Modeling the Direct and Indirect Determinants of Different Types of Individual Job Performance
Final technical rept. Jan 2005-Sep 2007
PERSONNEL DECISIONS RESEARCH INST MINNEAPOLIS MN
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Despite the importance of citizenship performance and adaptive performance to Army junior commissioned officer job performance, there has been very little published research studying these constructs in a military setting and there is no well-established model of the process by which individual differences predict citizenship or adaptive performance. The purpose of this research was to test a model of the process through which individual difference variables work to influence performance on specific performance dimensions. To test this model, we assembled and developed a battery of instruments that are construct-valid measures of each component of the model and administered them to 155 ROTC cadets. Results supported our model with some modifications. Individual differences in ability, personality, and experience influence performance through the mediating variables of knowledge, skill, and three components of motivation motives, proactive cognitions, and self-regulation. A different model was found to describe the process depending on whether the performance dimension was an element of task, citizenship, or adaptive performance.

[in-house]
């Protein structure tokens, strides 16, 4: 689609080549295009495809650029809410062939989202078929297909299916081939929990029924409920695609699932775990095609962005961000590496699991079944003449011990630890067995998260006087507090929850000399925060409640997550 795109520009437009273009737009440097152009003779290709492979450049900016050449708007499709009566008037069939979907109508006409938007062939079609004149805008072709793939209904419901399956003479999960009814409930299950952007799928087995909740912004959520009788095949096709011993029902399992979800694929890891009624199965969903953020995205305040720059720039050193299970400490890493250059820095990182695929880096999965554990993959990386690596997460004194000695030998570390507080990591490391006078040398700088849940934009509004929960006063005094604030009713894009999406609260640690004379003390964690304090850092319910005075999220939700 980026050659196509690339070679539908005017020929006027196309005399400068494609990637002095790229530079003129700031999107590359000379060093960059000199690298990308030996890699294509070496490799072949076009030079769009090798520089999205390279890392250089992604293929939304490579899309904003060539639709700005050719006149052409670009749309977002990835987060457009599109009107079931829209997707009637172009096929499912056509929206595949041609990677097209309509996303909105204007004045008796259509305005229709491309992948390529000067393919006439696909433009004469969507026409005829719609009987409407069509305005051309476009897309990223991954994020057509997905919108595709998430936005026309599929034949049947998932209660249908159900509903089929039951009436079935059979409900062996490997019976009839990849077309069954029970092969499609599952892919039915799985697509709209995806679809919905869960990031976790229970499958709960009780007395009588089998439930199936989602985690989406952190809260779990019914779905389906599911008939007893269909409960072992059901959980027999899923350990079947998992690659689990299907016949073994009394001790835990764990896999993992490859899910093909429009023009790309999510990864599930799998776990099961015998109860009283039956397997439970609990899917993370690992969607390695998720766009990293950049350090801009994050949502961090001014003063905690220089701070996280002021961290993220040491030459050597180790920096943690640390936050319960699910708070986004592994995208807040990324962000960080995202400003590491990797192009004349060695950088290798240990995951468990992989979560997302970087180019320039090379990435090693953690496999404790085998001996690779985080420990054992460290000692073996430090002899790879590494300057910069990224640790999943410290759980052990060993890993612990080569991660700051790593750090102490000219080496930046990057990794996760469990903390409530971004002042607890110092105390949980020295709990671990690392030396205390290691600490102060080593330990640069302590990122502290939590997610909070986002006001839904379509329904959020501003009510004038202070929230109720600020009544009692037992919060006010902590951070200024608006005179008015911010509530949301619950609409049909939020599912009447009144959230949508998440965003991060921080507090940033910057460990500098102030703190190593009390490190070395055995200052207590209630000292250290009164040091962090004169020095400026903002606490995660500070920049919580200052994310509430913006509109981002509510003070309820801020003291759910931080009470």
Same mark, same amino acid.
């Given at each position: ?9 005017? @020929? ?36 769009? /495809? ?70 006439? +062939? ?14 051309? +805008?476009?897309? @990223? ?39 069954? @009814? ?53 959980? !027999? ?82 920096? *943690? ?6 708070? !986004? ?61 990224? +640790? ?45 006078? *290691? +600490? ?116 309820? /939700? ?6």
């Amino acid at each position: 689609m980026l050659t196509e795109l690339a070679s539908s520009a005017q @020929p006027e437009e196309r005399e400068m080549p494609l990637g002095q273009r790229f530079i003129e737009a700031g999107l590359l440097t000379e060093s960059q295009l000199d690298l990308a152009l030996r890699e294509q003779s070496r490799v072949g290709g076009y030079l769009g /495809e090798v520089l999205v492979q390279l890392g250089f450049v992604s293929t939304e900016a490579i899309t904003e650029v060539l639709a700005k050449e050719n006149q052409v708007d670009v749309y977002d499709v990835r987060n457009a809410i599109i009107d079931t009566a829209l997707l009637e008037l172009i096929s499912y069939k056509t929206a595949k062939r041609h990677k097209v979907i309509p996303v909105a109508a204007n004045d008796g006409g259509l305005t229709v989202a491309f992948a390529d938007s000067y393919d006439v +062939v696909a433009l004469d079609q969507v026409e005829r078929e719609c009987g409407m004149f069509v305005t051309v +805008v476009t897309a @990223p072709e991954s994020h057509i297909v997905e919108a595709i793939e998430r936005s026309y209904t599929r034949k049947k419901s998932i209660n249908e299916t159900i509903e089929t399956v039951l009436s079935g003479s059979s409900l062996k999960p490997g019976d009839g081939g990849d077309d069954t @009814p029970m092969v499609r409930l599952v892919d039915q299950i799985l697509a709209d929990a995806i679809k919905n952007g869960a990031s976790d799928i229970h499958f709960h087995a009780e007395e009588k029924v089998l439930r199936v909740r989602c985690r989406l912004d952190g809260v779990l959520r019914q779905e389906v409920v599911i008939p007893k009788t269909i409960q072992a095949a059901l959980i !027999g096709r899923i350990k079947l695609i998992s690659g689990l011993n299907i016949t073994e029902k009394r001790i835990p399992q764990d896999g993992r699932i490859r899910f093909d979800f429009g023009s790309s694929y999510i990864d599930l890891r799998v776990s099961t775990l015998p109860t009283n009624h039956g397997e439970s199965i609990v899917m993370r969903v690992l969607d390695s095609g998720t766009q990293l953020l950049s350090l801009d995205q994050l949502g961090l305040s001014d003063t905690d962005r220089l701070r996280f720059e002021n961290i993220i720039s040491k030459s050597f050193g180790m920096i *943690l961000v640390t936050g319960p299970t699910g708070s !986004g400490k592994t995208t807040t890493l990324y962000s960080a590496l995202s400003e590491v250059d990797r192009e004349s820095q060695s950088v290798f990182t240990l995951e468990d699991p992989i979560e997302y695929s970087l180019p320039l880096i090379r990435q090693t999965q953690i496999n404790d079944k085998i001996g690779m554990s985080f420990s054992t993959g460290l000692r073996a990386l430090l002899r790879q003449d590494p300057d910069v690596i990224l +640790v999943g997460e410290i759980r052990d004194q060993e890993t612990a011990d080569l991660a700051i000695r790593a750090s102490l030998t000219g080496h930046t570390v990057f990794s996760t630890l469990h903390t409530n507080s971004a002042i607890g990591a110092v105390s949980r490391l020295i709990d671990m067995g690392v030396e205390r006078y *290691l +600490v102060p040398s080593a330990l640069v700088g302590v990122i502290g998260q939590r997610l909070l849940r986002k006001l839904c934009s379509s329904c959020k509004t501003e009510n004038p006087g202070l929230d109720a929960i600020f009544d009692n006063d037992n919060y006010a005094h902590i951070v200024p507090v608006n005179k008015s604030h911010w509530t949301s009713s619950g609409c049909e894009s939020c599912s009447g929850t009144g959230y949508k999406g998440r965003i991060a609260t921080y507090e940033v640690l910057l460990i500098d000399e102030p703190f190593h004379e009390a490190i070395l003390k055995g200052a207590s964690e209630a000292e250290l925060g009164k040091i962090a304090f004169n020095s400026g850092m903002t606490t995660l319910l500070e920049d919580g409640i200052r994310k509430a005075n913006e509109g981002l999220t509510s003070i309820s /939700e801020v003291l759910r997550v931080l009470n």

- Personnel Management and Labor Relations